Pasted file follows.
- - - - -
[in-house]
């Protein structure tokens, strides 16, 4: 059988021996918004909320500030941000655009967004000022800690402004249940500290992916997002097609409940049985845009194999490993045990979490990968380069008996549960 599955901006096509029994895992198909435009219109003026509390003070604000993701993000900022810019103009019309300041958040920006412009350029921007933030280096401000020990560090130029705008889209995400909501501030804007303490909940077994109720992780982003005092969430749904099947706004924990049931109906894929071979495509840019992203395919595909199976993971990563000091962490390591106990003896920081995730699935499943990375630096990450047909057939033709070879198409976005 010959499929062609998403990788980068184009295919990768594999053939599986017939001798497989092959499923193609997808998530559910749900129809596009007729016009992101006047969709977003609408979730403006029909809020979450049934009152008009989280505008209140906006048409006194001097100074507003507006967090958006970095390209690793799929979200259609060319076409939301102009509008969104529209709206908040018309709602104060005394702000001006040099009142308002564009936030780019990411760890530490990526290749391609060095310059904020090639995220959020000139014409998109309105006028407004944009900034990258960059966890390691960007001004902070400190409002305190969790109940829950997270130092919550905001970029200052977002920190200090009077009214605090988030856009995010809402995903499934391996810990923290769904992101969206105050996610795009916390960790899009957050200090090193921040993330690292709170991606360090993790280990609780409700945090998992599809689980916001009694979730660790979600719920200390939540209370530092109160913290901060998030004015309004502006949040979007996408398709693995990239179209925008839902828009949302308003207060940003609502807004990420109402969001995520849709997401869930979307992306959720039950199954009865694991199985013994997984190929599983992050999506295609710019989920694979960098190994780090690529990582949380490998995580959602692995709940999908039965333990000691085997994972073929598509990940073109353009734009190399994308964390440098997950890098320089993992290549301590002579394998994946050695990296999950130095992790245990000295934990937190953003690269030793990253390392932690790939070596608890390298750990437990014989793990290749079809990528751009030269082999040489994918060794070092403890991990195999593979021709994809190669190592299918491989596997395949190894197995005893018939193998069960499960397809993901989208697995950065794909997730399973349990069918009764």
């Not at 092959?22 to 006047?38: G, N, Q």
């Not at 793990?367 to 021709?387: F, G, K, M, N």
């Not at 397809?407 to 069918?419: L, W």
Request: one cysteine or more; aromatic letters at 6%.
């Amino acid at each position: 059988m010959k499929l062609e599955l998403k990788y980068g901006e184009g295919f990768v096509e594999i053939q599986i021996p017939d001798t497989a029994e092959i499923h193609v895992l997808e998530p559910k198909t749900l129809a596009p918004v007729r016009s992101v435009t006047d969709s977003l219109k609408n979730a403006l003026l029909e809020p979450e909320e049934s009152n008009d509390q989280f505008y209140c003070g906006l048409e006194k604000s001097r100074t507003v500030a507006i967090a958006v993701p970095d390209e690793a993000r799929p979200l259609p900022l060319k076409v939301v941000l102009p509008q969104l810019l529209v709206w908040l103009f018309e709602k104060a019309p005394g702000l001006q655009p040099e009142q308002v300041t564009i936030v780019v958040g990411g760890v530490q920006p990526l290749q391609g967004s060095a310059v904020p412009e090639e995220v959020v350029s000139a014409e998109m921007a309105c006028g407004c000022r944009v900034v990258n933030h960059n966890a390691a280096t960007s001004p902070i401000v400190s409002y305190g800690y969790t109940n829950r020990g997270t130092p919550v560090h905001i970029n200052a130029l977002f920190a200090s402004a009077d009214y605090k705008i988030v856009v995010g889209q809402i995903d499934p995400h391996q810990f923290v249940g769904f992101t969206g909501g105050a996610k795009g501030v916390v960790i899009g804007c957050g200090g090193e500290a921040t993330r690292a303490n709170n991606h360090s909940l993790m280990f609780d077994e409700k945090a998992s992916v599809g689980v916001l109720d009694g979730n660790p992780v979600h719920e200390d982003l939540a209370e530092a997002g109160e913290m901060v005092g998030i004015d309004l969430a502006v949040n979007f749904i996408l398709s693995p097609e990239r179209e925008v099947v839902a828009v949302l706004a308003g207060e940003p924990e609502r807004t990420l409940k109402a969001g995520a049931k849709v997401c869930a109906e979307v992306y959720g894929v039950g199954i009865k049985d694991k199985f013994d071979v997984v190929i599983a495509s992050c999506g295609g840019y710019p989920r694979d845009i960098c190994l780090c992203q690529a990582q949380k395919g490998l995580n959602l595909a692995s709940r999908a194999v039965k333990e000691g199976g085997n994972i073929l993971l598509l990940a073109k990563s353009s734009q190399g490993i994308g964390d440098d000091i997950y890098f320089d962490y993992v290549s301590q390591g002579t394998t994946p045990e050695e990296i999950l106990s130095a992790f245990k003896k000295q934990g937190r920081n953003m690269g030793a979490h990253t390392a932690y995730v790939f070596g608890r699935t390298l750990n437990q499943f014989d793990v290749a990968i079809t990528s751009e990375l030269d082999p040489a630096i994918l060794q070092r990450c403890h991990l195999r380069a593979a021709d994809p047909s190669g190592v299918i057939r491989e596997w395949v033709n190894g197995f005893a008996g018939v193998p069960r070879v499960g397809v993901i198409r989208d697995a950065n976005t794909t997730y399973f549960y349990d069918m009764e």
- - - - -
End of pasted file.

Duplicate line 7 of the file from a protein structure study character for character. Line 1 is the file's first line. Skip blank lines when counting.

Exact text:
């Amino acid at each position: 059988m010959k499929l062609e599955l998403k990788y980068g901006e184009g295919f990768v096509e594999i053939q599986i021996p017939d001798t497989a029994e092959i499923h193609v895992l997808e998530p559910k198909t749900l129809a596009p918004v007729r016009s992101v435009t006047d969709s977003l219109k609408n979730a403006l003026l029909e809020p979450e909320e049934s009152n008009d509390q989280f505008y209140c003070g906006l048409e006194k604000s001097r100074t507003v500030a507006i967090a958006v993701p970095d390209e690793a993000r799929p979200l259609p900022l060319k076409v939301v941000l102009p509008q969104l810019l529209v709206w908040l103009f018309e709602k104060a019309p005394g702000l001006q655009p040099e009142q308002v300041t564009i936030v780019v958040g990411g760890v530490q920006p990526l290749q391609g967004s060095a310059v904020p412009e090639e995220v959020v350029s000139a014409e998109m921007a309105c006028g407004c000022r944009v900034v990258n933030h960059n966890a390691a280096t960007s001004p902070i401000v400190s409002y305190g800690y969790t109940n829950r020990g997270t130092p919550v560090h905001i970029n200052a130029l977002f920190a200090s402004a009077d009214y605090k705008i988030v856009v995010g889209q809402i995903d499934p995400h391996q810990f923290v249940g769904f992101t969206g909501g105050a996610k795009g501030v916390v960790i899009g804007c957050g200090g090193e500290a921040t993330r690292a303490n709170n991606h360090s909940l993790m280990f609780d077994e409700k945090a998992s992916v599809g689980v916001l109720d009694g979730n660790p992780v979600h719920e200390d982003l939540a209370e530092a997002g109160e913290m901060v005092g998030i004015d309004l969430a502006v949040n979007f749904i996408l398709s693995p097609e990239r179209e925008v099947v839902a828009v949302l706004a308003g207060e940003p924990e609502r807004t990420l409940k109402a969001g995520a049931k849709v997401c869930a109906e979307v992306y959720g894929v039950g199954i009865k049985d694991k199985f013994d071979v997984v190929i599983a495509s992050c999506g295609g840019y710019p989920r694979d845009i960098c190994l780090c992203q690529a990582q949380k395919g490998l995580n959602l595909a692995s709940r999908a194999v039965k333990e000691g199976g085997n994972i073929l993971l598509l990940a073109k990563s353009s734009q190399g490993i994308g964390d440098d000091i997950y890098f320089d962490y993992v290549s301590q390591g002579t394998t994946p045990e050695e990296i999950l106990s130095a992790f245990k003896k000295q934990g937190r920081n953003m690269g030793a979490h990253t390392a932690y995730v790939f070596g608890r699935t390298l750990n437990q499943f014989d793990v290749a990968i079809t990528s751009e990375l030269d082999p040489a630096i994918l060794q070092r990450c403890h991990l195999r380069a593979a021709d994809p047909s190669g190592v299918i057939r491989e596997w395949v033709n190894g197995f005893a008996g018939v193998p069960r070879v499960g397809v993901i198409r989208d697995a950065n976005t794909t997730y399973f549960y349990d069918m009764e």